The macaron tower - an array of brightly-colored cookies arranged in a tight cone formation - has been slow to catch on in Seattle. "They're more popular on the East Coast right now," a Seattle Wedding Show vendor trying to pitch the concept said glumly.
Perhaps what's stifling the fad is a local fondness for wedding cakes that defy traditional cake geometry. Although many brides still buy tiered round cakes, the popularity of cake sculptures has surged since the Food Network started broadcasting shaped cake competitions.
"When I first started, 17 years ago, I couldn't sell a sculpture to save my life," says Mike McCarey of Mike's Amazing Cakes in Redmond. The cake pictured on the front of McCarey's promotional brochure depicts a scaly red dragon playing dice with a groom and his mermaid bride. (I asked an assistant how couples slice an armored knight carved out of cake. "You want the smart aleck answer?," she asked. "With a knife.")
Unlike standard wedding cakes, which are priced by the slice, a sculpted cake is sold as a single work of art. The cost varies according to the cake's complexity, but four-digit fees haven't scared off brides intent on doing something different. McCarey has created a dog-shaped cake for a bride and groom who weren't allowed to bring their pooch to their Hawaiian destination wedding, and sculpted a 1968 Mustang cake for a bride who wanted her groom to feel more involved in the wedding.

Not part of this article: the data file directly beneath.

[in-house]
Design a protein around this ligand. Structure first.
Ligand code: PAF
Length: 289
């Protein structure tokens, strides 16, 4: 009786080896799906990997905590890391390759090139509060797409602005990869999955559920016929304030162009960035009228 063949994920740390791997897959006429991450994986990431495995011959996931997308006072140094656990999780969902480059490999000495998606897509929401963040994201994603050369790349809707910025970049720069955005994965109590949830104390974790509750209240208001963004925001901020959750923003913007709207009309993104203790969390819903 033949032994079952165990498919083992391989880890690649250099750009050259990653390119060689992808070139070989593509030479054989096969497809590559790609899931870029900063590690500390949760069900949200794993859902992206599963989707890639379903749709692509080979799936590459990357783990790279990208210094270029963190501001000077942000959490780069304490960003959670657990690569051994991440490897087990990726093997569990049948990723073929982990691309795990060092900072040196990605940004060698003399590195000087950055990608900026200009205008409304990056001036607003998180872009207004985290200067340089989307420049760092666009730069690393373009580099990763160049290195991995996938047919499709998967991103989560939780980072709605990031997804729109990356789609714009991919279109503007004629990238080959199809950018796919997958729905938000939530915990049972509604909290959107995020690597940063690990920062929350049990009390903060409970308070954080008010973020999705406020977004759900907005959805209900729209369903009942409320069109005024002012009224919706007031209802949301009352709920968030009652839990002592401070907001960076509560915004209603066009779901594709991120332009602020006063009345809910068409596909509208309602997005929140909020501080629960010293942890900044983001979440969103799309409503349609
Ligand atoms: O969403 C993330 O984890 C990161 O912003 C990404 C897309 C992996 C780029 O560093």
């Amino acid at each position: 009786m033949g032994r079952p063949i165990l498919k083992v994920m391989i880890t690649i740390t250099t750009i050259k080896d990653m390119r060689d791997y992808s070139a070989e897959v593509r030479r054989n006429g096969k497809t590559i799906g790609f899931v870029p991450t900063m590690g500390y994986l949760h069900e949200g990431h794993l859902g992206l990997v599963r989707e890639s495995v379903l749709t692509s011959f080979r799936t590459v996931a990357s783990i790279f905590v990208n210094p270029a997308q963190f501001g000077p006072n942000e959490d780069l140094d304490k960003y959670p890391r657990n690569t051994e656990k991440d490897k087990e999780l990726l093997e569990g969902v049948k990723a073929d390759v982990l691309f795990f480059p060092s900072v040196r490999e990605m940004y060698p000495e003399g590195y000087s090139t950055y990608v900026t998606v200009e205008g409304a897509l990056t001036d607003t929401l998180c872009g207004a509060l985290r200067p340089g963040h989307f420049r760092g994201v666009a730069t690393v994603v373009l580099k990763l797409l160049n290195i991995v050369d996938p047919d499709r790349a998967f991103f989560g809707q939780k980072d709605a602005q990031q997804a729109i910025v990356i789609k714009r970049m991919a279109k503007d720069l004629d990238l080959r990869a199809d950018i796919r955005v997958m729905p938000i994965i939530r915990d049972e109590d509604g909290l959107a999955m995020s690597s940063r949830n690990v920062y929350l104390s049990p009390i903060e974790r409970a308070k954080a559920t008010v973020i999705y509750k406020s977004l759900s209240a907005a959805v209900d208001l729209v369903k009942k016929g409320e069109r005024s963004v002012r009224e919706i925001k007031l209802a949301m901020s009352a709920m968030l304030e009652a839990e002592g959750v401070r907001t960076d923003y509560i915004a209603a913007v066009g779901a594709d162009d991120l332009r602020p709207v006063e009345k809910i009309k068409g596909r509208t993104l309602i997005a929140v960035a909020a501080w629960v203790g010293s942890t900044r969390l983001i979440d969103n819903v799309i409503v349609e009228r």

"They want to represent something from their lives," McCarey says. "In Seattle, we do a lot of bikes."
McCarey's cakes are trendy on the inside, too: Like most of the bakers at the bridal show, he's accustomed to fielding requests for vegan, allergen-free and gluten-free cakes. He's also making more salted caramel cakes since the flavor become an ice cream shop mainstay. McCarey says he doubts his clients would be so adventurous if he lived in Texas.
"In the South, there's a deep-seated cake tradition," he says. "We're a newer economy: Brides here aren't afraid to get something with trees on it."